Seeds of our culture war were there at the first Thanksgiving
The Pilgrims did not debate abortion and gay marriage and the right to die at the first Thanksgiving. Nor did they talk with the Native Americans at the table about private property, the environment or the rights of minorities.
But in the tension between the libertarian impulses that brought the Pilgrims to a new land and the strict religion they brought with them, and also in the wary welcome they received from their native hosts, lay the seeds of all the struggles that would rile the nation to come. We should give thanks that through the endless conflicts Americans have had with each other in nearly 400 years of history on this continent, we have miraculously kept on a course toward a more perfect union.
That’s worth remembering in our current polarized era. We will get through it, and we will be better for it.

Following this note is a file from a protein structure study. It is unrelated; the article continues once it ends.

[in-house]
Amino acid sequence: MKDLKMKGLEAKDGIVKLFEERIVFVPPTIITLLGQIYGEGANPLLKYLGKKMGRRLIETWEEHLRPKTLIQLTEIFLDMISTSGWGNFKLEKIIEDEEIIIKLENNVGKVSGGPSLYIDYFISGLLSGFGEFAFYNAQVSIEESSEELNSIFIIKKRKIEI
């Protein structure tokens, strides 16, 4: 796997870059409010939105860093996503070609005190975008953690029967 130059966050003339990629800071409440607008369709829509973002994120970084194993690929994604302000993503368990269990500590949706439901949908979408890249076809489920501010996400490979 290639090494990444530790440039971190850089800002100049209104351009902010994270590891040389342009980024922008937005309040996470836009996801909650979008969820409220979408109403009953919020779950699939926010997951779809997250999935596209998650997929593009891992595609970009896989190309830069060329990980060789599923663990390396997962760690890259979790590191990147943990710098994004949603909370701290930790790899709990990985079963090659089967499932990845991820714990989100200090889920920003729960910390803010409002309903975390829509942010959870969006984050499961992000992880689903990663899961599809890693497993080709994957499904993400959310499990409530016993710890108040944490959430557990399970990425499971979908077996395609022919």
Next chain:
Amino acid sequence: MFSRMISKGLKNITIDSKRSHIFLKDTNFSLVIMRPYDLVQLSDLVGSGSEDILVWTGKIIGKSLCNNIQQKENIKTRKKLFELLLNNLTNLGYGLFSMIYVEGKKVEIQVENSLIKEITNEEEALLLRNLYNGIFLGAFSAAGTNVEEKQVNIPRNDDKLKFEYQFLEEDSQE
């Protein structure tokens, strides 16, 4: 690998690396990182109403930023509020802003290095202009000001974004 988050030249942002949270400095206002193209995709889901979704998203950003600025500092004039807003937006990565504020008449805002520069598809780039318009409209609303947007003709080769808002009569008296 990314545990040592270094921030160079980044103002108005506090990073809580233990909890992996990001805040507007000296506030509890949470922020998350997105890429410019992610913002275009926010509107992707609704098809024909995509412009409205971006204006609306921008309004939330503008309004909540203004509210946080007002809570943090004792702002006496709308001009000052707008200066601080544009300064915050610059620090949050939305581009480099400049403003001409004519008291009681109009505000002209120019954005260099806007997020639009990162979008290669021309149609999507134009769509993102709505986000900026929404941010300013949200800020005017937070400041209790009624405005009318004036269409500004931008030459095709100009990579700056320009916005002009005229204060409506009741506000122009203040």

Today’s Thanksgiving cartoon was first published in 1989, and it well illustrates how the spats between libertarians and social conservatives were as lively then as they are now. The cartoon appears in my fourth collection of cartoons, “The Fall of Man,” published in 1994. That book chronicled the end of the Cold War, the first Bush presidency and the rise of Bill Clinton. I have just published my eighth cartoon book. Titled “Refuge of Scoundrels,” it follows our national journey from the inauguration of President Obama to October’s government shutdown. (You can check it out here.)
When looking through each one of my books, I am reminded how so many issues -- abortion, taxes, big government, states’ rights, deficit spending, war and peace, industrial pollution -- seem never to be resolved. Yet, among all those cartoons there are also reminders that positive change does come. Soviet communism lies on the scrap heap of history. Gays and lesbians no longer hide in the shadows. Black children know even the White House is within reach of their ambitions. Each new generation of Americans moves farther from the narrow biases of their ancestors.
Thanksgiving is a good day to remember that sometimes, with enough struggle and debate, we finally get it right.
A cure for the common opinion
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